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CORBA Performance

Also see: DII COE Real-Time ORB Trade Study OVERVIEW
Also see: DII COE Real-Time ORB Trade Study FULL DOWNLOAD

While real-time behavior and memory footprint are often important for real-time and embedded developers, ORB performance is still the most important criteria for selecting a CORBA product. There is a prevailing mindset that inserting CORBA into a system consists of adding another "layer". CORBA adds minimal overhead to the system, and the amount of overhead will vary between CORBA implementations, and it is often found that the "layer" added by CORBA replaces the proprietary messaging processing that would have been added anyway.

To see how fast a powerful, robust ORB can be, visit our ORBexpress Performance page. 

Benchmarking ORB Performance
When benchmarking ORBs, it is important to look at more than just the total time it takes for a message invocation to complete. One important measurement is the time it takes to perform the transfer without the ORB, or with TCP/IP, to measure the time a transfer takes using a simple socket program. The difference between the socket time and the time with the ORB in the loop is the true measure of the CORBA overhead.

CORBA Benchmarks
An advanced research and development unit of The Boeing Company, Phantom Works, conducted a Real-Time CORBA Trade Study that includes a real-time ORB benchmark. The study was conducted for the DII COE Real-Time Integrated Product Team.

Lockheed Martin Advanced Technology Laboratories has performed tests of many real-time and non-real-time ORBs for throughput and predictability characteristics. They have done a nice job of isolating the determinism (or lack thereof) of the operating system and protocol stack from the ORB processing. Their tests of ORBexpress® have been extremely favorable, showing that ORBexpress beats all other ORBs in performance.

Types of Overhead
CORBA adds two types of overhead, Space and Time. CORBA "Space" added to the system is the number of bytes on the wire added to create the data for CORBA's standardized messaging format, General Inter-ORB Protocol (GIOP), or Internet Inter-ORB Protocol (IIOP) for TCP/IP systems. For TCP/IP systems, there is already a certain amount of overhead inherent in the protocol. For example:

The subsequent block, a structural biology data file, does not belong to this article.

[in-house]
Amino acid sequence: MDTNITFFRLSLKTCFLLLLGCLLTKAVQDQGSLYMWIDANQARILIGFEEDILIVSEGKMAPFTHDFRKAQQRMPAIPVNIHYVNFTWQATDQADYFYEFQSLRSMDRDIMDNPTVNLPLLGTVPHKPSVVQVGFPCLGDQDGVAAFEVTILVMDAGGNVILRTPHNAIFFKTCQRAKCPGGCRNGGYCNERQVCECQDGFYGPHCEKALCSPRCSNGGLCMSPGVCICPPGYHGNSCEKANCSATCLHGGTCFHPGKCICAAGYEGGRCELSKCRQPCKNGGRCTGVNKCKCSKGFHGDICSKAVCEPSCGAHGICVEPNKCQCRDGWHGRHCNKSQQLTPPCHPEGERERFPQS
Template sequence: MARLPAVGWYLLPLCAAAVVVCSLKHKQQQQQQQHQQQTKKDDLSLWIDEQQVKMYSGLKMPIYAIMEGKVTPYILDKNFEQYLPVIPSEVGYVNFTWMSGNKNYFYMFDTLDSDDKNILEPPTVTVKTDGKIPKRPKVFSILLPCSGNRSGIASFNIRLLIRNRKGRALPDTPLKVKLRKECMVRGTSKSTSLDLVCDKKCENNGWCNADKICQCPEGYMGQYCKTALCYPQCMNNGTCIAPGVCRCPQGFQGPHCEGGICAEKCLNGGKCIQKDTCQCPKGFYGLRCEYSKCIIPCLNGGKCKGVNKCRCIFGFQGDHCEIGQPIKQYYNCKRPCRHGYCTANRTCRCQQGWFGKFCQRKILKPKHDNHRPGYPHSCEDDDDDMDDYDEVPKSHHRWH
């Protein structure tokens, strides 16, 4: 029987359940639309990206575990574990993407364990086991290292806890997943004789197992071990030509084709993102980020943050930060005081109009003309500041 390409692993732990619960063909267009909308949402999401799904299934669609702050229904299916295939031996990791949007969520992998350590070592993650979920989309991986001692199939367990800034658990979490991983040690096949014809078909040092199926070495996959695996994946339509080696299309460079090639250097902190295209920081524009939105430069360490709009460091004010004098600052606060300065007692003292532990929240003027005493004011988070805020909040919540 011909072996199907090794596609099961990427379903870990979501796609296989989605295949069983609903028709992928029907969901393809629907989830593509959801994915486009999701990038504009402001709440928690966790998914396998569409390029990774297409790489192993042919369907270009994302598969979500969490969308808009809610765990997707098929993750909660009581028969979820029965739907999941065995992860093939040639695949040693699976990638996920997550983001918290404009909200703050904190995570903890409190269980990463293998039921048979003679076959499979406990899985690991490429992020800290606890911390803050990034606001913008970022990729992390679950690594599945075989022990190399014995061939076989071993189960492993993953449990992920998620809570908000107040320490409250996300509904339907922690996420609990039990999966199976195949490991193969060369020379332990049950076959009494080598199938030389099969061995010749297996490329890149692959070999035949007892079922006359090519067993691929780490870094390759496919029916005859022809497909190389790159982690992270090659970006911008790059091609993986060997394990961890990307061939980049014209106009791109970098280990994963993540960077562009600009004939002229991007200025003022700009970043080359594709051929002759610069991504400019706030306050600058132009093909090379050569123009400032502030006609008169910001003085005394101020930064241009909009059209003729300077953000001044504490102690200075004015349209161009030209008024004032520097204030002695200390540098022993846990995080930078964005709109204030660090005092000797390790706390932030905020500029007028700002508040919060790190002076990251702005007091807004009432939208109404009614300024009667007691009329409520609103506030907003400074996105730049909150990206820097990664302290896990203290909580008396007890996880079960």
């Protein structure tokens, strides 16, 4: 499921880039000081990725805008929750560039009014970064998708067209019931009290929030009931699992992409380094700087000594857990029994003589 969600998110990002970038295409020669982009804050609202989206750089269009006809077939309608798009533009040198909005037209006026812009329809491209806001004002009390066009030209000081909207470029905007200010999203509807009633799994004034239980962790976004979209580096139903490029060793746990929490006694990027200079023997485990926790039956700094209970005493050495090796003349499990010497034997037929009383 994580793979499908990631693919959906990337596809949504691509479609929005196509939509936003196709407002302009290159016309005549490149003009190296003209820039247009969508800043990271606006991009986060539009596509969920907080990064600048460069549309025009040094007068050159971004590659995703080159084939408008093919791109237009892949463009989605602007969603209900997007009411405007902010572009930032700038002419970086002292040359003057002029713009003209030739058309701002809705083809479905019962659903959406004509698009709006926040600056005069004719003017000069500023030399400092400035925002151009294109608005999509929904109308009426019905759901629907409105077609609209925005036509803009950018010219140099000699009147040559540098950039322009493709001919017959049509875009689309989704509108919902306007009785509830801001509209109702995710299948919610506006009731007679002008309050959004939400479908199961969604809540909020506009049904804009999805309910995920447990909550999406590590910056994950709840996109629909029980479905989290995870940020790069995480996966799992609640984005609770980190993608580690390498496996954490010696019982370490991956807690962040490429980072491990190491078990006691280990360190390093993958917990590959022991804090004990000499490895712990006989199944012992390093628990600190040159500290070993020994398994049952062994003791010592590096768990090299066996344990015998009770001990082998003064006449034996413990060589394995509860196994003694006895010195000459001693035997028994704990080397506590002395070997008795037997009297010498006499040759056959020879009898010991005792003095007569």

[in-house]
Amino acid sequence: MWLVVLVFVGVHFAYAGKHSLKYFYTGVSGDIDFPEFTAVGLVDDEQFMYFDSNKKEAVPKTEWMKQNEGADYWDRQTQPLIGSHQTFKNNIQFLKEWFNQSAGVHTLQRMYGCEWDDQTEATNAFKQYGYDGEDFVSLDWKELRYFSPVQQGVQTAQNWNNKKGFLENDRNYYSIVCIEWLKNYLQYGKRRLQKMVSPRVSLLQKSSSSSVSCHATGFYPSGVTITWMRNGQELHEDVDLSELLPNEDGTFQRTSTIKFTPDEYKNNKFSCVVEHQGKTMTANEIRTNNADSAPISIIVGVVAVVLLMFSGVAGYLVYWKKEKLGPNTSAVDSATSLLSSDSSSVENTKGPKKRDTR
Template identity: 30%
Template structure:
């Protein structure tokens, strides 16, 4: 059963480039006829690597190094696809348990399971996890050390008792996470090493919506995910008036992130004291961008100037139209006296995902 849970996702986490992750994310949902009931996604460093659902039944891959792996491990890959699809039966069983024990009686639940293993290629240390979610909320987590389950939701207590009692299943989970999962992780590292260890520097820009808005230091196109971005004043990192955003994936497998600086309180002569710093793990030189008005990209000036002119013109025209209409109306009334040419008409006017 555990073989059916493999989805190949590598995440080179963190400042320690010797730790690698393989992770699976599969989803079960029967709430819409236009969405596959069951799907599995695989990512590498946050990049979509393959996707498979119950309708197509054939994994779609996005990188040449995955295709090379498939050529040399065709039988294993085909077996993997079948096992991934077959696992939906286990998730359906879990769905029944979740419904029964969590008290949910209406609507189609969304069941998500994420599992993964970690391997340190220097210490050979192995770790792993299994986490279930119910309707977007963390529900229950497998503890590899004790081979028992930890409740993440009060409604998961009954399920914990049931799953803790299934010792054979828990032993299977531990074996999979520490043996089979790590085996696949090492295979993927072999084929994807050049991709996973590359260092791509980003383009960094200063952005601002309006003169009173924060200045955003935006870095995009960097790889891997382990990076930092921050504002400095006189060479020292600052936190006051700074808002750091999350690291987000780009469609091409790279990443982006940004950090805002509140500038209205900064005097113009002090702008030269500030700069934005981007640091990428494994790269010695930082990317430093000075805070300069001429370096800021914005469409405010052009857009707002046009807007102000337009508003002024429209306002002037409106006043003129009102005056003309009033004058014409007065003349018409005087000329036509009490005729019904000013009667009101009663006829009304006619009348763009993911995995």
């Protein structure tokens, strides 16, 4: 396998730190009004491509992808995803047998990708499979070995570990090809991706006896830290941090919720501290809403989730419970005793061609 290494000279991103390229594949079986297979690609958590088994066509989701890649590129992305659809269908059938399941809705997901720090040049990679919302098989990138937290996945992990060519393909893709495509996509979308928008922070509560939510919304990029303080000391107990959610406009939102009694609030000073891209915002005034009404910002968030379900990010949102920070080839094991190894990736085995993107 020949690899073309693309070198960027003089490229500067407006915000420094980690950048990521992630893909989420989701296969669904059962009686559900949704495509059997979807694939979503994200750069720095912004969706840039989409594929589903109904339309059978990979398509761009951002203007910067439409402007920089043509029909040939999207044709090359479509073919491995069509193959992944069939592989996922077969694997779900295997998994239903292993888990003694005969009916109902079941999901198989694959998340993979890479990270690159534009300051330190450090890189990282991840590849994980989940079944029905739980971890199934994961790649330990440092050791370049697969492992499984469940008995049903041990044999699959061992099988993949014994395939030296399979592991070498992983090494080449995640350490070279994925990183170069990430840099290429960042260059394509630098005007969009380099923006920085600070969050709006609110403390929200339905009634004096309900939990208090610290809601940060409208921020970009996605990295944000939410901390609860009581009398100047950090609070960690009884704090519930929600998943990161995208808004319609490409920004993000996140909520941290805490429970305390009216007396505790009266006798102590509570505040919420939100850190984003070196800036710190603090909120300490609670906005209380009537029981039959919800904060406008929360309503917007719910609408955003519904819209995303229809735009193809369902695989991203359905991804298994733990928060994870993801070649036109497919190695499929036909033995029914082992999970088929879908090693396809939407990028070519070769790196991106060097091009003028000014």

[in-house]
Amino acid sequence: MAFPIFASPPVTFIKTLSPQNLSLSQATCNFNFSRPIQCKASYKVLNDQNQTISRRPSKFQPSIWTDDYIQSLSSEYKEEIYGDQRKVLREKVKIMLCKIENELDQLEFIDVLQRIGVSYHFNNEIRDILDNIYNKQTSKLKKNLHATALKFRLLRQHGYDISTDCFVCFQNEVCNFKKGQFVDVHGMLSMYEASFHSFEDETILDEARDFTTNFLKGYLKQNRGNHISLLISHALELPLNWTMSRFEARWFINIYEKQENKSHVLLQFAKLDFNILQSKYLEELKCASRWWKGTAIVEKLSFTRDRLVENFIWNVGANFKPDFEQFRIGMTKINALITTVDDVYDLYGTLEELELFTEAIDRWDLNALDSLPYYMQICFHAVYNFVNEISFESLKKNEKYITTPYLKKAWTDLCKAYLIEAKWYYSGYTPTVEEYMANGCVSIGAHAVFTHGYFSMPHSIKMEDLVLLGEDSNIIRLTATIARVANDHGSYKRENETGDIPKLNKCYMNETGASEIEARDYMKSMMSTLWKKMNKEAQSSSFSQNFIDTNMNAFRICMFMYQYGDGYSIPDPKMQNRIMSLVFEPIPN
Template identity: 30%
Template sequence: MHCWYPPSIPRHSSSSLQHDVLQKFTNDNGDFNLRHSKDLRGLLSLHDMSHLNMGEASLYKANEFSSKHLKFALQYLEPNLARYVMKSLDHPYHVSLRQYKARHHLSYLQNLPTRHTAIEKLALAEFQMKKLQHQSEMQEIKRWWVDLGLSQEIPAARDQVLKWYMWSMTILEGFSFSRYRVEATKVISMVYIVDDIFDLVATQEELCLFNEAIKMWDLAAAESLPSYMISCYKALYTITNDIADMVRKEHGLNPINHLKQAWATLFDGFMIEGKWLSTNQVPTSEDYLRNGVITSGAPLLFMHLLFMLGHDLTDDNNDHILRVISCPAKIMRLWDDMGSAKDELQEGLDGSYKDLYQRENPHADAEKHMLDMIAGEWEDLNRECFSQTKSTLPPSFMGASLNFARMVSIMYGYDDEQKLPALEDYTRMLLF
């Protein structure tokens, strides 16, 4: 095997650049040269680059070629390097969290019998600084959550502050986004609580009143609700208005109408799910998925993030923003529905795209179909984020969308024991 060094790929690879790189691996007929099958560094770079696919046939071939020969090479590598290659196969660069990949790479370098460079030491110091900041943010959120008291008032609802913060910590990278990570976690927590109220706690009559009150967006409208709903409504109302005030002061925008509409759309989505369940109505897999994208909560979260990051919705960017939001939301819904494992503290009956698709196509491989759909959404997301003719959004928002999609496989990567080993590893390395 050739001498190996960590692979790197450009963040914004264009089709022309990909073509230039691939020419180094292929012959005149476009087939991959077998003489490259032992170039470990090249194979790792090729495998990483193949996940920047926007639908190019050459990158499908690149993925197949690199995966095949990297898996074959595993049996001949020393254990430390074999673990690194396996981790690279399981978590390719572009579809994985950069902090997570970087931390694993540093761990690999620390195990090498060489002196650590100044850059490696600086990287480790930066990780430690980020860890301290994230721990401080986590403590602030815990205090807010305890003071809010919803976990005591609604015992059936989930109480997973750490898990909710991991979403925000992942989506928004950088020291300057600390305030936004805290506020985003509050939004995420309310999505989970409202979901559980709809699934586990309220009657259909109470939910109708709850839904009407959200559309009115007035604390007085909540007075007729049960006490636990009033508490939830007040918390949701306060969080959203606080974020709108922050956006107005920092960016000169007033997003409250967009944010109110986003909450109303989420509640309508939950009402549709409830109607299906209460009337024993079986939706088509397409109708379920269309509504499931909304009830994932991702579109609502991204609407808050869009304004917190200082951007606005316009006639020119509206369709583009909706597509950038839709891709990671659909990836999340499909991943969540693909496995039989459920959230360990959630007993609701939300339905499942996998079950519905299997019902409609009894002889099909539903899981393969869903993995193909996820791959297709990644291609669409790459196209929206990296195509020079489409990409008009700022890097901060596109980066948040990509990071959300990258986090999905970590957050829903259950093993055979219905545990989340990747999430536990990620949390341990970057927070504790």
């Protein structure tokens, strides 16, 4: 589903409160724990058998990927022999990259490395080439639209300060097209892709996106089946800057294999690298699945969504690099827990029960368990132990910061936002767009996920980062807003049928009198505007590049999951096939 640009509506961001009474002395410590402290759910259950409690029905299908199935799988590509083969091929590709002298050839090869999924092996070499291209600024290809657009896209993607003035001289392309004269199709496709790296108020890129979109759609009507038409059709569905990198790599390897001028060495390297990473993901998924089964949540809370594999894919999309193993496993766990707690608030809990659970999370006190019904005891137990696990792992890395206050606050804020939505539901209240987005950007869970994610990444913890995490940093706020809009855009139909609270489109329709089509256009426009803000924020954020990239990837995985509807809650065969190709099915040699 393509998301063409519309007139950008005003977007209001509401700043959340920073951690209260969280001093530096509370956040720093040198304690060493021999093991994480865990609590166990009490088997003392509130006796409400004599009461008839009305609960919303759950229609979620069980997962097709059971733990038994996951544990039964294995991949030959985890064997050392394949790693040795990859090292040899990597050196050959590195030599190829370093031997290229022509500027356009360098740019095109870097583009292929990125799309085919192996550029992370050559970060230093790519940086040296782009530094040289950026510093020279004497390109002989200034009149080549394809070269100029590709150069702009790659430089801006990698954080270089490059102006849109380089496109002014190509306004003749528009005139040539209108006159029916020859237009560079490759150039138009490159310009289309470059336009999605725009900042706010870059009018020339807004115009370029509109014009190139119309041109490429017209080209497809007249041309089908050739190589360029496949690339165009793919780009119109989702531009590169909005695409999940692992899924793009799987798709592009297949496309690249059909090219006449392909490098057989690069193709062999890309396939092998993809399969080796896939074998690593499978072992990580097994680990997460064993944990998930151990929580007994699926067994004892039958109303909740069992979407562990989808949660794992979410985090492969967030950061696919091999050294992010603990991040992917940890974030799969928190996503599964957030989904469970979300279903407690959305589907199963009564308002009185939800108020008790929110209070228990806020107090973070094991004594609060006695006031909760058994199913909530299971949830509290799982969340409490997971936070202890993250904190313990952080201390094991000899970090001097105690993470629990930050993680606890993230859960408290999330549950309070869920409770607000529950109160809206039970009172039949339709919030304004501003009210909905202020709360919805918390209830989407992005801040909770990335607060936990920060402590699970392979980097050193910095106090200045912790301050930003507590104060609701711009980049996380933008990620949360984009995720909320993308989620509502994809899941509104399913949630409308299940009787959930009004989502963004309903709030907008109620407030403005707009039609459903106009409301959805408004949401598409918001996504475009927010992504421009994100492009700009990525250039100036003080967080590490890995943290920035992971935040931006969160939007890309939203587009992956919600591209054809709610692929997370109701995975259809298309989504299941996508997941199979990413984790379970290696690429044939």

• Ethernet adds 26 bytes per frame
  • IP adds 12 bytes per packet
  • TCP adds 24 bytes (+ options) per packet

CORBA IIOP adds an additional 40 to 80 bytes per message to this overhead. Consequently, the overhead added to a system will, in great part, depend on how the developer defines their interfaces. With CORBA IIOP, sending fewer big messages is more efficient (in terms of added overhead) than sending many small ones.

The second type of overhead, "Time", is the amount of time the ORB takes to process each message. This time is divided into two parts: a fixed component and a variable component. When comparing different CORBA implementations with each other in a competitive benchmark, both fixed and variable overhead must be studied.

Fixed Overhead
Fixed overhead is the overhead occurring as a result of the ORB performing a single, zero parameter message invocation. Fixed overhead consists of the time the ORB takes to de-multiplex, perform an up-call, context switch, perform system calls, and similar tasks that must occur for every message transfer. In order to achieve low fixed overhead, an ORB must quickly locate objects, invoke operations on the objects, and avoid unnecessary context switches and system calls.

Variable Overhead
Variable overhead is basically marshalling and de-marshalling speed, and will vary based on the number and type of parameters for a given message. In order to achieve low variable overhead, an ORB must marshall and de-marshall data quickly, use the transport efficiently, and avoid making multiple copies of the data.